Nearly a month after Malaysian Airlines Flight 370 vanished, a team of Maryland engineers detected the pings from a flight data recorder that narrowed the search area to a more manageable yet still vast swath of the Indian Ocean.

Working from an Australian warship involved in the search, a crew of nine from Phoenix International in Prince George's County deployed a U.S. Navy listening device to the depths of the ocean in the hunt for a signal from the doomed jetliner's black box. Tapped by the Navy to assist Malaysian, Chinese and Australian officials in the search, the team and their equipment had flown from an office and warehouse in Largo nearly two weeks earlier.

More recently, as the black box battery likely faded away, the Phoenix team dropped an unmanned torpedo-shaped Bluefin-21 submarine into the sea to scan the uncharted depths with sonar.

And if the wreckage is found, another of the company's tools could trawl for the data recorder just as it did in 2011 as investigators unraveled the mystery of Air France Flight 447, nearly two years after it crashed in the Atlantic Ocean.

If there are answers to all the questions about the Malaysian flight's demise, it could be Phoenix's work that allows them to be learned. It is just the latest tragic mystery added to the list of the company's undertakings, which include multiple ventures into the bowels of the Titanic as well as searches for sunken treasure and even Amelia Earhart's plane.

"It's expensive, but when you think about the people who perished…," said Tim Weller, program manager for the company's commercial operations. "Understanding why it crashed saves lives, and ultimately, it saves money."

The search for the doomed jetliner reached its 45th day Monday, with no sign of the wreckage in a search area about 6 miles across, some 1,200 miles northwest of Perth, Australia. The Boeing 777-200ER with 239 passengers aboard, including three Americans, disappeared March 8.

The Australian ambassador to the United States said Sunday that Australian officials leading the search would decide this week whether to alter or scale back the effort.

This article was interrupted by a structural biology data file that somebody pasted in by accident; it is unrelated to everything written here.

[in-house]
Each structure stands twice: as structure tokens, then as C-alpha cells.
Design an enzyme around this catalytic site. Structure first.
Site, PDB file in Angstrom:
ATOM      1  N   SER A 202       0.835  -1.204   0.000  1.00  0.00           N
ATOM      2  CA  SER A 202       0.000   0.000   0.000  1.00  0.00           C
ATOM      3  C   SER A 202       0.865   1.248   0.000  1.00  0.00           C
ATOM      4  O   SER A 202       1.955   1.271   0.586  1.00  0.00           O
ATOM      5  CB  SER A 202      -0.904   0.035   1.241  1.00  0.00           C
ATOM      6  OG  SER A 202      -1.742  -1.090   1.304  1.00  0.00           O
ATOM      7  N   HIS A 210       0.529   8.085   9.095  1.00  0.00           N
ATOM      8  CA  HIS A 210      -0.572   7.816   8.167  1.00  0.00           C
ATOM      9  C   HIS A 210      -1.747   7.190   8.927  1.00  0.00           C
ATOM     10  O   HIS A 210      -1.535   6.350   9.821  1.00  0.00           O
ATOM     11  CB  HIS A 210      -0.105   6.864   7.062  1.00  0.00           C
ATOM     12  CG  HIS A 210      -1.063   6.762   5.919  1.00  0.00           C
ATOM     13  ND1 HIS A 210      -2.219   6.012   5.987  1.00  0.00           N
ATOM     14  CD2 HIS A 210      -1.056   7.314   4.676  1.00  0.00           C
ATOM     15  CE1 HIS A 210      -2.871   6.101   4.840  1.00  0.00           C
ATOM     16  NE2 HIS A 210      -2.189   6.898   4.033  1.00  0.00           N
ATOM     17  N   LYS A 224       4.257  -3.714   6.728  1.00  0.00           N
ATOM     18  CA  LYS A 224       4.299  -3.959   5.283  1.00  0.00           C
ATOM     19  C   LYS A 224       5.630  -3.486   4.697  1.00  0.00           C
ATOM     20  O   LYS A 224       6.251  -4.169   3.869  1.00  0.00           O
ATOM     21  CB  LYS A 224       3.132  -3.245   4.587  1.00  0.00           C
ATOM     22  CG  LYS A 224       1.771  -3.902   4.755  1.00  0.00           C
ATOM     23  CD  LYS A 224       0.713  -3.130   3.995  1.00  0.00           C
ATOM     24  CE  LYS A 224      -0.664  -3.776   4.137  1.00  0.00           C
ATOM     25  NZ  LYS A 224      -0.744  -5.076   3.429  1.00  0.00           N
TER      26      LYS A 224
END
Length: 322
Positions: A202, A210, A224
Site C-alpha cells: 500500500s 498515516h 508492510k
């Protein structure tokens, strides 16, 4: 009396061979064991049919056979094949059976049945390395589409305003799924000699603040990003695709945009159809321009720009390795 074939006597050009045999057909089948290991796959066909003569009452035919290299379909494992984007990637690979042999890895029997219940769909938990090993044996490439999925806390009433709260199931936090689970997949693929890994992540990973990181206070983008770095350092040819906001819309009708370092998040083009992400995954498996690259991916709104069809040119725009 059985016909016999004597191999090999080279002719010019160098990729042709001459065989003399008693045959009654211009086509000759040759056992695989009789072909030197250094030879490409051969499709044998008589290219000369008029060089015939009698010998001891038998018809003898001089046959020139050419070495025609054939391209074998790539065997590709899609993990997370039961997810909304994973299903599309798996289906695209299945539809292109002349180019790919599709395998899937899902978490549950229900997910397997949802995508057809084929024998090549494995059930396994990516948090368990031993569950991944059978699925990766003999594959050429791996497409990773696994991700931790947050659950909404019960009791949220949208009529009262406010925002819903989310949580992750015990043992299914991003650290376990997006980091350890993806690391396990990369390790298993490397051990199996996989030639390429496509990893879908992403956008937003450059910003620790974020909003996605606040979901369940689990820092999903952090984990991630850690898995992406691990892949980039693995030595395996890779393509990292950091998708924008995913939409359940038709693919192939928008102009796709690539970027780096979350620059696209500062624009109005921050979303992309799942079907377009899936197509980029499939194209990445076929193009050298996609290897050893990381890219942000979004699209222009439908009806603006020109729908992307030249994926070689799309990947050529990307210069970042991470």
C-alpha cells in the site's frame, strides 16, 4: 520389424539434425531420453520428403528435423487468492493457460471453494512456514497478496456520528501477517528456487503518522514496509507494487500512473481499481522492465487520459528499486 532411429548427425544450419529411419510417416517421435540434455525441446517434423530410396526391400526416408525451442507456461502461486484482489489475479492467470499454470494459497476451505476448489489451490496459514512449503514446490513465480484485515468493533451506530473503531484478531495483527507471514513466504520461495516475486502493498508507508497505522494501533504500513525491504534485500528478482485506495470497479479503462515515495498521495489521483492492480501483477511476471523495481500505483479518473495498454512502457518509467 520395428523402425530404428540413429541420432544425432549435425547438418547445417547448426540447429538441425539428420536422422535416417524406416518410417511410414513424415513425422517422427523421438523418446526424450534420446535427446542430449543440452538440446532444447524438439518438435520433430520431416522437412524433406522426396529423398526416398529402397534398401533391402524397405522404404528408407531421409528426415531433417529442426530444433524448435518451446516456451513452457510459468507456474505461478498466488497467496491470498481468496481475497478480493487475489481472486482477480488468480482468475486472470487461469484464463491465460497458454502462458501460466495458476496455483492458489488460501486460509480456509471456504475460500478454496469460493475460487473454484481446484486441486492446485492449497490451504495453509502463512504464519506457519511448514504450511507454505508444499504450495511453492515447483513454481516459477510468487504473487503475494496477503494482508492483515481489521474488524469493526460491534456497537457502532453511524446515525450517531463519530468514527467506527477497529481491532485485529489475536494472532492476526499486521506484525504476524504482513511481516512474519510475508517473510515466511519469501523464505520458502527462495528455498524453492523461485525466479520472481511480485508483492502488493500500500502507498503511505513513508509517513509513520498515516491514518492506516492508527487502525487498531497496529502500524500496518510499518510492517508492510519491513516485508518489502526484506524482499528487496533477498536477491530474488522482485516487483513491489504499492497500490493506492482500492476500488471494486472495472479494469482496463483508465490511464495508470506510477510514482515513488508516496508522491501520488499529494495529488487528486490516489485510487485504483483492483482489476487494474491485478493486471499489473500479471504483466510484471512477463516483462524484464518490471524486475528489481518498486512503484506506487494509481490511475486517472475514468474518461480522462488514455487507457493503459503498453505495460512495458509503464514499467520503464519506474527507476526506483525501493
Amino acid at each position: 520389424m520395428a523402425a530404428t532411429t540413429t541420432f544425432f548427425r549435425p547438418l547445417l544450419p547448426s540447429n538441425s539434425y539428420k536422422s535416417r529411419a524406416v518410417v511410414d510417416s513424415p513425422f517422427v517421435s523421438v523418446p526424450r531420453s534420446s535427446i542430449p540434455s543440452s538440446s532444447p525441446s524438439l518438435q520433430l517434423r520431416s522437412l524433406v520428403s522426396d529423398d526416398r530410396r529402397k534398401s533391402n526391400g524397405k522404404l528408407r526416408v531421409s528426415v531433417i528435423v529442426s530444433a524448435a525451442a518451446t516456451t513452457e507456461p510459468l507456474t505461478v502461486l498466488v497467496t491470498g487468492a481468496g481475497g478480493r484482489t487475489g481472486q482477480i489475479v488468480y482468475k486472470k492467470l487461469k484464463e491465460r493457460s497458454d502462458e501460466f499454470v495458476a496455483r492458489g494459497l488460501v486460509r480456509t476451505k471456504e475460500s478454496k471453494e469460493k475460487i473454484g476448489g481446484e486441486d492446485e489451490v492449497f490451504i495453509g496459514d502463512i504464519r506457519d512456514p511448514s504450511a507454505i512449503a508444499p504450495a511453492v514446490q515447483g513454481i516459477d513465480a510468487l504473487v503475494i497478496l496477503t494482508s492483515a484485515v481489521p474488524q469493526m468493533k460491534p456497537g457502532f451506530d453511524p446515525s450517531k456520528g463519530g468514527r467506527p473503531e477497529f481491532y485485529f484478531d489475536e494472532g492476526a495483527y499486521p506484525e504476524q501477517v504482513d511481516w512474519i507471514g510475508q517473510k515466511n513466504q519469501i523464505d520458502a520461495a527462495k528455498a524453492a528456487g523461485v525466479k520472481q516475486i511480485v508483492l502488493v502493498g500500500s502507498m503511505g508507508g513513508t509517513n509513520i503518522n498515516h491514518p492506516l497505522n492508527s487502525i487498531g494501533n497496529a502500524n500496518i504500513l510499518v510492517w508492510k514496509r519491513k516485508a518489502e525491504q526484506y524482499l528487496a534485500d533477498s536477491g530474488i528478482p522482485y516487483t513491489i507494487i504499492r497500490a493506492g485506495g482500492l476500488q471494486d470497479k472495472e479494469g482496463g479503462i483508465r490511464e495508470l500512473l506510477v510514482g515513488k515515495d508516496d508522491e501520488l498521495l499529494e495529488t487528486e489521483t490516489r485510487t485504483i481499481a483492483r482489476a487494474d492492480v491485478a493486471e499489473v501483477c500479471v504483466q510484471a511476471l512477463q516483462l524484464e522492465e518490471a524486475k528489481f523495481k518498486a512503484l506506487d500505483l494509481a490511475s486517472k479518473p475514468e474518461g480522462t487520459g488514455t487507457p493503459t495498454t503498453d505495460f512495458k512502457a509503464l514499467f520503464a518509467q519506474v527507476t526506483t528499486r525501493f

It is familiar territory for the Phoenix team that joined the search a month ago amid more intense media scrutiny than the company's ever faced before. That work, combined with with contracts for underwater ship and submarine repairs, makes up about half of the company's business, with the rest from commercial clients searching for old shipwrecks, or oil and gas deposits.

The company is on-call for U.S.-led missions, getting as little as four hours' notice to send workers and equipment to Dover or Andrews Air Force bases for deployment. Called this time two weeks after Flight 370 disappeared, the Phoenix team flew out of Baltimore-Washington International Thurgood Marshall Airport destined for Perth.

Once on scene, the team joined the ships and aircraft scouring a huge expanse of the Indian Ocean west of Australia for pings from a small metal canister attached to the plane's black box. Unlike the others, they dropped a bright yellow sea-ray-shaped device from Australian Defence Vessel Ocean Shield far deeper.

The Navy device detected an apparent signal from the wreckage. While other detections were deemed unreliable, Phoenix's data on the Navy-owned tool helped narrow the search area.

"That's a unique vantage point to listen from," said Peter LeHardy, Phoenix's business development manager.

With the likelihood that the pinger remains powered fading, however, the team shifted its focus to the findings of Phoenix's unmanned submarine dubbed Artemis, for the Greek goddess of the hunt.

Phoenix engineers program the bright yellow submarine with a lawnmower-style route to survey the ocean floor, sending sound waves from two sonar devices on either side of the sub. The crew can't see the sonar images in real time as they are gathered, so GPS data is used to turn them into maps that are created after the sub surfaces.

The search is stretching the technology to its limit. The ocean floor there is about 15,000 feet deep, which is about as deep as its unmanned submarines work, but there are valleys in the region that drop as far as 20,000 feet. A map of the world depicting where the company's technology reaches shows a scattering of trenches in the eastern Indian Ocean among the few areas outside its capabilities.

It's a difficult mission that can prove risky for the equipment.

"People sort of don't understand that putting stuff in the ocean and getting it back is nontrivial, especially if it has the capability to wander off on its own," said Jules Jaffe, a research oceanographer at the Scripps Institute of Oceanography at the University of California, San Diego. "To really get it to work in the deep sea is not easy."

It's not uncommon for researchers to lose a piece of valuable equipment. On one mission into the Titanic, a robotic explorer was lost inside the famous ship's Turkish baths, Weller said. A custom-built submarine similar to Phoenix's Artemis was never recovered from the search for the Air France jet lost in 2009.

Phoenix bought the $4 million Artemis submarine in 2012, its first mission diving in the South Pacific for Earhart's still-missing plane.